Embiid Is Early Candidate For NBA MVP


One of the biggest debates every year in the NBA is which player should win the most valuable player (MVP) award. In particular, the media and fans alike often have heated arguments based on their own unique definition of what the term “valuable” means. For example, does value mean the best player on the best team or can a player on a bad team still win the award given his performance?

Trying to make the intangible more tangible is one of the key priorities for Block Six Analytics. With our Corporate Asset Valuation Model (CAV), we determine a specific value for a specific sponsorship by applying how a company makes money and what a company’s marketing / brand goals are to a specific partnership. In essence, we look at how what is most important to the company translates to each sponsorship activation.

We wanted to apply the same logic to players as we use for partners. More specifically, what is most important to teams is how does each player help that team win and generate revenue. Our Revenue Above Replacement (RAR) model specifically answers these questions by looking at an athlete’s on-court and off-court performance.

For this post, we are going to specifically look at our on-court metrics called B6A Wins. We use multi-factor regression analysis to determine which factors contribute to winning and how much each factor contributes using advanced analytics from Basketball Reference as a baseline. For the NBA, we found that these factors best determined the number of team wins:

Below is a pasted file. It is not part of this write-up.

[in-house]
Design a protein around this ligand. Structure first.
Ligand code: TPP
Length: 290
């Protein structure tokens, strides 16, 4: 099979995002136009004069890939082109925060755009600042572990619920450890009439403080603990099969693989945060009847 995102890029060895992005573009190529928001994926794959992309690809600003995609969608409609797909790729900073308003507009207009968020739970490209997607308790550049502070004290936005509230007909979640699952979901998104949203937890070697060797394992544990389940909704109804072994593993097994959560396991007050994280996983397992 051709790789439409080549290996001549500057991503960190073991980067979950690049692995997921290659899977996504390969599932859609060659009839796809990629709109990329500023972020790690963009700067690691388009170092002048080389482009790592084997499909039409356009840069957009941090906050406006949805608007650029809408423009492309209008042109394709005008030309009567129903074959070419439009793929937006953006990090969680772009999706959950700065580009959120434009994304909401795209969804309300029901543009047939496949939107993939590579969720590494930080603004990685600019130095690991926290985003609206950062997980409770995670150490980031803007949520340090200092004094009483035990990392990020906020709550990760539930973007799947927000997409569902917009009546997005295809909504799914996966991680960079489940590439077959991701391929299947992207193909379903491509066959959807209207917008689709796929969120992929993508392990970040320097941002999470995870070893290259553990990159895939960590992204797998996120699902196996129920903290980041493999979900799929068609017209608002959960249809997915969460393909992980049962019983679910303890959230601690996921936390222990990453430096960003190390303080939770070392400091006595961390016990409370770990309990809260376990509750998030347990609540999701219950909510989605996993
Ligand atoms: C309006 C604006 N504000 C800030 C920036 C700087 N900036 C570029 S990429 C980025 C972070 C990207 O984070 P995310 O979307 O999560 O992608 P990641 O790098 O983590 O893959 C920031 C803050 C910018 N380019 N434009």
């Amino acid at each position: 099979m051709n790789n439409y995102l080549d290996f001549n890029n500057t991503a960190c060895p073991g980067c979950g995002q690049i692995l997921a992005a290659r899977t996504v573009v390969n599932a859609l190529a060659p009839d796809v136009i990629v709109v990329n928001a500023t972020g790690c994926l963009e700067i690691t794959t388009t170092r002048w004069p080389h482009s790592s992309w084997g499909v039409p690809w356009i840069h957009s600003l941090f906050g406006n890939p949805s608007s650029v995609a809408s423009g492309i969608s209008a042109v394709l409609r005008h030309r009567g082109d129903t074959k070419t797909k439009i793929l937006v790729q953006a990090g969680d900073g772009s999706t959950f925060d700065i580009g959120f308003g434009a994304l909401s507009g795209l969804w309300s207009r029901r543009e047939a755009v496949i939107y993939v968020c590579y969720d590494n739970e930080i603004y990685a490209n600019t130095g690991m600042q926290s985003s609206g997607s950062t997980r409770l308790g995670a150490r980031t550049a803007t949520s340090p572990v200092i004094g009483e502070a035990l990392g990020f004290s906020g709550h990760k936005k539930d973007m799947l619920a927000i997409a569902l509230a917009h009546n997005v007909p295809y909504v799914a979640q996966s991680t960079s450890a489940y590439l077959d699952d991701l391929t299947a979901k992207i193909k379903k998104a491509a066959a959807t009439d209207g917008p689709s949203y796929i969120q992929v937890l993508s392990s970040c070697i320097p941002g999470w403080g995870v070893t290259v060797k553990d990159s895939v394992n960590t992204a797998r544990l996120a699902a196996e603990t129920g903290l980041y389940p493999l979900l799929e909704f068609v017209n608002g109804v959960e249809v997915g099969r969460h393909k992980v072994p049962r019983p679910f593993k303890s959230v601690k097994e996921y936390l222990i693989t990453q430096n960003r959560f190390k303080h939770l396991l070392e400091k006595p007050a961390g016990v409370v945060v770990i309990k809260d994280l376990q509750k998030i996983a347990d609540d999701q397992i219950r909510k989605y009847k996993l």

• True Shooting Percentage

  • Total Rebound Percentage

  • Assist Percentage

  • Steal Percentage

  • Usage Percentage

  • Defensive Plus / Minus

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Joel Embiid came out on top of the early season 2018-19 rankings. 2019 B6A Wins shows our projection for each player’s performance for the entire year. 2018 B6A Wins YTD shows the player’s impact on the number of team wins so far in the season. While Russell Westbrook is behind Kevin Durant in B6A Wins YTD, Westbrook is projected to surpass Durant by the season’s end.

 To provide context to these numbers, the table below shows the final results for the 2017-18 season.

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While James Harden won the MVP award last year, he was only fifth in B6A Wins. LeBron James should have been the MVP last year if you define value by the player that contributed the most wins to his team. In addition, the 2018 B6A Wins tally shows that Embiid and Nicola Jokic are projected to have far better performances this year than anyone had last year.

This piece of analysis leads to an important point. RAR can not only project a player’s B6A Wins through the end of the 2018-19 season, but it can also project a player’s performance through the 2023-24 season. However, there are factors that are difficult to account for in this or any model for player performance including injuries, coaching changes, trades, and more. Therefore, this analysis requires a margin of error when evaluating the results. 

What is arguably more important, however, is the process of determining what value means. From B6A’s perspective, creating clear metrics with tangible factors for analysis that can be examined and communicated is critical to answering some of the toughest questions in sports such as determining the NBA MVP.